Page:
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Jason Verbitsky

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  [A Picture of me (Jason) and my cat (Horatio) ca. 1998]

Horatio: The Name

My cat Horatio, or more properly Horatius, is named after an ancient Roman soldier; here are some sources that refer to my Horatio's namesake:

Horatio of the Bridge

Horatius Cocles held Lars Porsena's Etruscan army at bay while the Romans cut down the Sublician Bridge (connecting Rome with the road westward) behind them. Horatius swam the Tiber River to safety and received as much land as he could plow around in a day.

This story is told by the Historians Livy and Polybius, and the Poet Macaulay.

Horatio of the Horatii

Another Reason I named him Horatio was because when I was taking Latin I always liked names that ended in "ii" and since he was one of three brothers it reminded me of a famous painting of three legendary Roman brothers: The Oath of the Horatii.

Livy's Account of Horatio at the Bridge

"... On the approach of the Etruscan army, the Romans abandoned their farmsteads and moved into the city. Garrisons were posted. In some sections the city walls seemed sufficient protection, in others the barrier of the Tiber. The most vulnerable point was the wooden bridge, and the Etruscans would have crossed it and forced an entrance into the city, had it not been for the courage of one man, Horatius Cocles - that great soldier whom the fortune of Rome gave to be her shield on that day of peril. Horatius was on guard at the bridge when the Janiculum was captured by a sudden attack. The enemy forces came pouring down the hill, while the Roman troops, throwing away their weapons, were behaving more like an undisciplined rabble than a fighting force. Horatius acted promptly: as his routed comrades approached the bridge, he stopped as many as he could catch and compelled them to listen to him. 'By God,' he cried, 'can't you see that if you desert your post escape is hopeless? If you leave the bridge open in your rear, there will soon be more of them in the Palatine and the Capitol than on the Janiculum.' Urging them with all the power at his command to destroy the bridge by fire or steel or any means they could muster he offered to hold up the Etruscan advance, so far as was possible, alone. Proudly he took his stand at the outer end of the bridge; conscious amongst the rout of fugitives, sword and shield ready for action, he prepared himself for close combat, one man against an army. The advancing enemy paused in sheer astonishment at such reckless courage. Two other men, Spurius Lartius and Titus Herminius, both aristocrats with a fine military record, were ashamed to leave Horatius alone, and with their support he won through the first few minutes of desperate danger. Soon, however, he forced them to save themselves and leave him; for little was now left of the bridge, and the demolition squads were calling them back before it was too late. Once more Horatius stood alone; with defiance in his eyes he confronted the Etruscan chivalry, challenging one after another to single combat, and mocking them all as tyrants' slaves who, careless their own liberty, were coming to destroy the liberty of others. For a while they hung back, each waiting for his neighbour to make the first move, until shame at the unequal battle drove them to action, and with a fierce cry they hurled their spears at the solitary figure which barred their way. Horatius caught the missiles on his shield and, resolute as ever, straddled the bridge and held his ground. The Etruscans moved forward, and would have thrust him aside by the sheer weight of numbers, but their advance was suddenly checked by the crash of the falling bridge and the simultaneous shout of triumph from the Roman soldiers who had done their work in time. The Etruscans could only stare in bewilderment Horatius, with a prayer to Father Tiber to bless him and the missiles which fell thick about him, safely to the other side where his friends were waiting to receive him. It was a noble piece of work - legendary, maybe, but destined to be celebrated in story through the years to come. ..."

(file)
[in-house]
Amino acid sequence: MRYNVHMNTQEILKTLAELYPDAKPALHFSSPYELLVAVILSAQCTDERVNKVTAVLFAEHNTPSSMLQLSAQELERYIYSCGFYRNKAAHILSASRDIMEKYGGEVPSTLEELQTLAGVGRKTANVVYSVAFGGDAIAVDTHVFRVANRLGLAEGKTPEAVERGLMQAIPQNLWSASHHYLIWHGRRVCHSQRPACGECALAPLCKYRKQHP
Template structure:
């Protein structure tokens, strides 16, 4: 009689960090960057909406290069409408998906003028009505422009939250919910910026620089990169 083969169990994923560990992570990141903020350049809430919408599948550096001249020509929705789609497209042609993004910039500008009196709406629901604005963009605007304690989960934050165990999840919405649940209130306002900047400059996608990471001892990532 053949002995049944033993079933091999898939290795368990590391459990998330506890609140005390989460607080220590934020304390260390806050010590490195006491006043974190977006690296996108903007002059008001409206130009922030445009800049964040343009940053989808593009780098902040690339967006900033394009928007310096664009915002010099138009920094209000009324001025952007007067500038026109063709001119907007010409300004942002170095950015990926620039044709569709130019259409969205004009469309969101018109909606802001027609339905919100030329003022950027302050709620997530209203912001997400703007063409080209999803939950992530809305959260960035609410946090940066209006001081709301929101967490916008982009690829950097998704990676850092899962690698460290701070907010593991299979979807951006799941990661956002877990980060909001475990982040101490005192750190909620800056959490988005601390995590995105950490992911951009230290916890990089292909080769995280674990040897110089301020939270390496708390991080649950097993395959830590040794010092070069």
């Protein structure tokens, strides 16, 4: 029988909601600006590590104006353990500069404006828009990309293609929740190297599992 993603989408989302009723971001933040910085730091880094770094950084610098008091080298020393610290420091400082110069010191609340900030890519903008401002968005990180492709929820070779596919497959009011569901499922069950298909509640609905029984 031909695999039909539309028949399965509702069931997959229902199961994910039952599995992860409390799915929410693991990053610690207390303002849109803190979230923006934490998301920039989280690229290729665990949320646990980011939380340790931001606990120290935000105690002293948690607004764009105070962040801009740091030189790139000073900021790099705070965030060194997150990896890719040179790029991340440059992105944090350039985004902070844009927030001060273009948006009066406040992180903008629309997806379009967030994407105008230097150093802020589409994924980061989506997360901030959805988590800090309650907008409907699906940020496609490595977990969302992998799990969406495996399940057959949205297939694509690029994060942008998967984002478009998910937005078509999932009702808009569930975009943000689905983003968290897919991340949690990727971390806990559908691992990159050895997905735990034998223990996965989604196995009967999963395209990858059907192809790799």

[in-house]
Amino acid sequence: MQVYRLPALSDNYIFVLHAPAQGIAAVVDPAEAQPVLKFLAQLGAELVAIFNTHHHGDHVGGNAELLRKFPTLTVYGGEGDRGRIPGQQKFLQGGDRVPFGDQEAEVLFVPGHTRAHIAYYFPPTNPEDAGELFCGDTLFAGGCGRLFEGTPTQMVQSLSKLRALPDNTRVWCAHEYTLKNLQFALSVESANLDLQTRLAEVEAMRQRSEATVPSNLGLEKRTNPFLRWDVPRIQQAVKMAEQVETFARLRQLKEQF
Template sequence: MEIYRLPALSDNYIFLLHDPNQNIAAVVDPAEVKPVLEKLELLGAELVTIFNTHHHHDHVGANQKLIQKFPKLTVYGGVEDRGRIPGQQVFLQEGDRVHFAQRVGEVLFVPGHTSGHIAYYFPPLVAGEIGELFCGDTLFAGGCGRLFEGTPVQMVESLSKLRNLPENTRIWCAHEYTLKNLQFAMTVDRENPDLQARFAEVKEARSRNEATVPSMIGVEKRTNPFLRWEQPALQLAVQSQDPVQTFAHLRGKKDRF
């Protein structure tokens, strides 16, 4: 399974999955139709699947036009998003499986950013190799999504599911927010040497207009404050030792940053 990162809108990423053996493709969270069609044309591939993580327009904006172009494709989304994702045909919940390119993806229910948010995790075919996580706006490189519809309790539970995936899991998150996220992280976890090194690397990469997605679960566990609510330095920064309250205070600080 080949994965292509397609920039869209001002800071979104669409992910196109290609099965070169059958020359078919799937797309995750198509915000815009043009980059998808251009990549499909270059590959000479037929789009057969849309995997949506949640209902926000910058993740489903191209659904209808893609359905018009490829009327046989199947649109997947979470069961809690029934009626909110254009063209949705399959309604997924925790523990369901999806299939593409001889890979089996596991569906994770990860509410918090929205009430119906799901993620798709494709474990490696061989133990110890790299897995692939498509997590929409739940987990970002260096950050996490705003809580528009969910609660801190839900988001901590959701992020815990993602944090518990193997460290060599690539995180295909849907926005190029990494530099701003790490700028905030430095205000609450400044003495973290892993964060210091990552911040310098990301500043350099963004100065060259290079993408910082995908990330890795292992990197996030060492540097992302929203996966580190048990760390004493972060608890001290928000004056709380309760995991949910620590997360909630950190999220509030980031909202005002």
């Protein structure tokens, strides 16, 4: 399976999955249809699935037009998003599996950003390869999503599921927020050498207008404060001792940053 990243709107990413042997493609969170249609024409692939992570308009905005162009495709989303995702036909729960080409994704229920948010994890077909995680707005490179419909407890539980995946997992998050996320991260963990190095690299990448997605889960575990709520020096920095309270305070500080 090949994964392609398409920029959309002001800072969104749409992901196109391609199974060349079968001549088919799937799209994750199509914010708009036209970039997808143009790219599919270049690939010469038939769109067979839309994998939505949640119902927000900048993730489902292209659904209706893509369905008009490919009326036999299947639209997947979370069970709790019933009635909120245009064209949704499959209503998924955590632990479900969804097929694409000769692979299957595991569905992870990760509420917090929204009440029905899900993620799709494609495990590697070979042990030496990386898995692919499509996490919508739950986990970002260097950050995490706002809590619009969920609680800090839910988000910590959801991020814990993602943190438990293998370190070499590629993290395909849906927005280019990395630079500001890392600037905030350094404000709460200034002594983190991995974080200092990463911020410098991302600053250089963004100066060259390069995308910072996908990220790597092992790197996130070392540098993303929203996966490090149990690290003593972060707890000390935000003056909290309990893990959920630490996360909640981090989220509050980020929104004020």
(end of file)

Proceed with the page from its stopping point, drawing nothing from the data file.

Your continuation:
Livy II.10 (Penguin's The Early History of Rome, p.116)

Polybius' Account of Horatio at the Bridge

"... Horatius Cocles was engaged in combat with two of the enemy at the far end of the bridge over the Tiber which gives entrance to city on the west, he saw a large body of reinforcements approaching. Fearing that they would succeed in forcing the passage and entering the city, he turned round and shouted to those behind him to retire at once and make haste to break down the bridge. His comrades obeyed, and all the time that they were demolishing it Horatius stood his ground. He suffered many wounds, but he held back the enemy's attack and astounded them not so much by his physical strength as by his endurance and courage. Once the bridge was cut the enemy's advance was halted, whereupon Cocles threw himself into the river still wearing his armour and weapons. He deliberately sacrificed himself because he valued the safety of his country and the glory which would later attach itself to his name more than his present existence and the years of life that remained to him. ..."

Polybius VI.55 (Penguin The Rise the Roman Empire, p.348)

For a more poetic account of "How well Horatius kept the bridge In the brave days of old." see Thomas Babbington Macaulay's Lays of Ancient Rome.

Jacques-Louis David's 'The Oath of the Horatii'

The Oath of the Horatii
Jacques-Louis David
Musée du Louvre

For more information on this Search Google.

There are, of course, many other famous Horatio's whom I admire greatly and may well have influenced my choice of name (such as Horatio Hornblower) but they are not those whom my great cat is named after.

| Hierax | Horatio | Name |